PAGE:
You wrote that you ordered a Red Book. If it has arrived then you should be able to use it to get a feel for grading and for values. Nearly everything here is intimately tied to its bullion value and is easily sold to any coin shop. You will net essentially nothing more by piecing them out and attempting to sell on your own or through ebay or through some auction house. In general, these pieces are the definition of generic. I would also advise against using acetone to treat any of these coins as they simply aren't worth the time, effort, pollution or cost. Blow them out.

    This is the type of collection that I (and many others) have seen myriad times and it simply isn't worth your time.

    Thomas Bush Numismatics & Numismatic Photography

    In honor of the memory of Cpl. Michael E. Thompson

    image
  • lilolmelilolme Posts: 2,452 ✭✭✭✭✭

    @browntrout
    I have not read the thread. Glanced at it and looked at the pictures. If many of these coins do have PVC on them and you have not noticed it, then I will suggest again that you go back and review and learn to identify the PVC. As to what to do next depends on what you are doing with them and if suggested by TomB you are just going to sell, then doing nothing might be best. Or you could still try one and maybe learn something from it.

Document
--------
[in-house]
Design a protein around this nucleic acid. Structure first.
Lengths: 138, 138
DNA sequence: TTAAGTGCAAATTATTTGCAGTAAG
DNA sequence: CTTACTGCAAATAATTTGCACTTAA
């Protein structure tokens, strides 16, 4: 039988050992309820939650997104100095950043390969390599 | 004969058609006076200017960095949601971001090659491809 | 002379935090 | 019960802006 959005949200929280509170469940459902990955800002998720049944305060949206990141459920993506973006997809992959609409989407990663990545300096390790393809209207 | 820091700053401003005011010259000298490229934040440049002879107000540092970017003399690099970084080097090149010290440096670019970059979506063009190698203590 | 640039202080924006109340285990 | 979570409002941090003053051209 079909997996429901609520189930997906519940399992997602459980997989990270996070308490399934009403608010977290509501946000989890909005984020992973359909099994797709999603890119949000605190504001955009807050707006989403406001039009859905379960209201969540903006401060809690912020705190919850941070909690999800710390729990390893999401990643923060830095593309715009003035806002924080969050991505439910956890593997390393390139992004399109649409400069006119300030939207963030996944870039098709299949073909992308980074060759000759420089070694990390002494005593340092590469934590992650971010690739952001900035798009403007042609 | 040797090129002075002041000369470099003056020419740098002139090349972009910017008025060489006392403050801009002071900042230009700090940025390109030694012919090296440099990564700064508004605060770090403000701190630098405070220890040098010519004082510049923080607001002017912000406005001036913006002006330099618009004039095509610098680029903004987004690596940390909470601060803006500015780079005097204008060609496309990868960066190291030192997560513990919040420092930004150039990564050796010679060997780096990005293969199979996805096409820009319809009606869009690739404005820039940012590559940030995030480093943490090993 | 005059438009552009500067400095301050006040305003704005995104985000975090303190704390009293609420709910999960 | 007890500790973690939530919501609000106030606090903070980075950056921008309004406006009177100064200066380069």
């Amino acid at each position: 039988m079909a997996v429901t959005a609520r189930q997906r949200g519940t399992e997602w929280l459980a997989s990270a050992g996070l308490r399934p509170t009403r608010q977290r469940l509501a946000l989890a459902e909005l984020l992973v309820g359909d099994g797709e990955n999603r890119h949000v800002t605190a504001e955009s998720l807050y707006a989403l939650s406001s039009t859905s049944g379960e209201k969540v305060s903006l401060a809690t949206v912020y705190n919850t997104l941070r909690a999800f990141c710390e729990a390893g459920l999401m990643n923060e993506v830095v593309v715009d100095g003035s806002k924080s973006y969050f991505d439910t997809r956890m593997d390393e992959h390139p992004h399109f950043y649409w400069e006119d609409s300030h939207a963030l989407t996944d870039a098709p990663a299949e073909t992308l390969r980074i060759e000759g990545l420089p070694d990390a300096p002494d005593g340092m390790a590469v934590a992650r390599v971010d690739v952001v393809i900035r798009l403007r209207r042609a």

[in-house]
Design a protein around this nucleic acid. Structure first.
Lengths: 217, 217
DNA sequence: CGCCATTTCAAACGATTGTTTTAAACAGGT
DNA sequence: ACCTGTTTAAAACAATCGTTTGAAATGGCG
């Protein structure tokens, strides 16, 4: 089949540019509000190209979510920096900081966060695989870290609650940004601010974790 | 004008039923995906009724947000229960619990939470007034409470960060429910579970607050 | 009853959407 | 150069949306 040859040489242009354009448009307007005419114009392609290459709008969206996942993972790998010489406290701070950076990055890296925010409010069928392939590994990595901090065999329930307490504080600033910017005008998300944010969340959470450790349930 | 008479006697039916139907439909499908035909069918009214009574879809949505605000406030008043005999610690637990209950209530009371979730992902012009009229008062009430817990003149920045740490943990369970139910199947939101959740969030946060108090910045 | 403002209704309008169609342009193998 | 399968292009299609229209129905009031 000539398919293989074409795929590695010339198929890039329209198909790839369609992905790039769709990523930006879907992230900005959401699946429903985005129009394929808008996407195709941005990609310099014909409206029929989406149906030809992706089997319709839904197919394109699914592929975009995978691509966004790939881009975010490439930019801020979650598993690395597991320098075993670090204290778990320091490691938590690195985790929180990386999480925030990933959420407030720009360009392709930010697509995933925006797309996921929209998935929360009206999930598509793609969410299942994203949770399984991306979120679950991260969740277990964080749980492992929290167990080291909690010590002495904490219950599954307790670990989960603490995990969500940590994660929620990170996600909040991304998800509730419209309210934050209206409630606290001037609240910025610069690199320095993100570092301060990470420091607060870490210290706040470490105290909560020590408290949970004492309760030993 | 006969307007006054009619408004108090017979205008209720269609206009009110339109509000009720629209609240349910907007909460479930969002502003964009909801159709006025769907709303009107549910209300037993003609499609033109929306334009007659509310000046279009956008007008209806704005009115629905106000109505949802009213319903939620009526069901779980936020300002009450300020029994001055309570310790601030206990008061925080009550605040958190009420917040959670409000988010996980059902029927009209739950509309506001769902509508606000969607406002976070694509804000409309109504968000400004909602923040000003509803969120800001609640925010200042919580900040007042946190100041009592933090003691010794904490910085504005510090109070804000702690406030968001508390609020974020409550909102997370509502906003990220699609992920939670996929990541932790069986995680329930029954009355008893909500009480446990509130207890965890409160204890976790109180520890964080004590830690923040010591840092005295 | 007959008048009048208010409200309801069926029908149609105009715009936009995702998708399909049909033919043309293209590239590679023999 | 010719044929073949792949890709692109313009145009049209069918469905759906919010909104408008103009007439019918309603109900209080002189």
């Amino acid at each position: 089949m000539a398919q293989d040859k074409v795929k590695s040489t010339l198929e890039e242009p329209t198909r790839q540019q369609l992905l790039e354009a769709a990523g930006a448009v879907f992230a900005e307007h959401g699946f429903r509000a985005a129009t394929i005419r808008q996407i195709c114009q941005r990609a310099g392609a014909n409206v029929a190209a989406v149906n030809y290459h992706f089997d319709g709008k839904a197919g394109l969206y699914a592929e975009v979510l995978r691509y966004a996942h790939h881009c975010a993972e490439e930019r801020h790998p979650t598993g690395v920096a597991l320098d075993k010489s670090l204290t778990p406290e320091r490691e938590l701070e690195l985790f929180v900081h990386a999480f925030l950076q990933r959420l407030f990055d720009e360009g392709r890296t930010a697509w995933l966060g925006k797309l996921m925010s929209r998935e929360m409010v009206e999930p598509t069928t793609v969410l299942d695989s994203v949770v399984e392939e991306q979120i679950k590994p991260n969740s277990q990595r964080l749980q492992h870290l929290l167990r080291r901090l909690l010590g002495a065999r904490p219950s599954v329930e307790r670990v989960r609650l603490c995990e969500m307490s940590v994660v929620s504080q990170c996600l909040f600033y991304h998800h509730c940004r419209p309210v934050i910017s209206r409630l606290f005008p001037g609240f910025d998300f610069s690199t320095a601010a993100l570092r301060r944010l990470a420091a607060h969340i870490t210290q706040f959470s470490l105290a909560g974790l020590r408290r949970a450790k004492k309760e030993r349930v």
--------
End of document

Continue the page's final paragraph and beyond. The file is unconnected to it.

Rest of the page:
https://youtube.com/watch?v=2YNufnS_kf4 - Mama I'm coming home ...................................................................................................................................................................... RLJ 1958 - 2023

  • @nwcoast, Wow! Thank you again! Great info to learn from, thank you! I have taken a screen shot and am printing your comments out to refer to as I do my "final" work on these today! Thank you for your kind efforts, Greg.

    @lilolme, Thank you. Interesting stuff. I CAN see the green on the page of coins you are talking about. Makes sense about the PVC "staining." I know what the green is now, after looking at these images. I have two table lamps I am using now, "Banker's Lamps," one has a green exterior! I will look again at the coins to make sure. I think you point about the light is correct, it is casting a bit of a green color, despite the interior being white glass... Damn it, another newbie error! Hahaha.

    @TomB, Hey! Thank you! Great comments, great advice. I have take a screen shot again, and printed this out for future reference and re-grounding! Fantastic! Greg.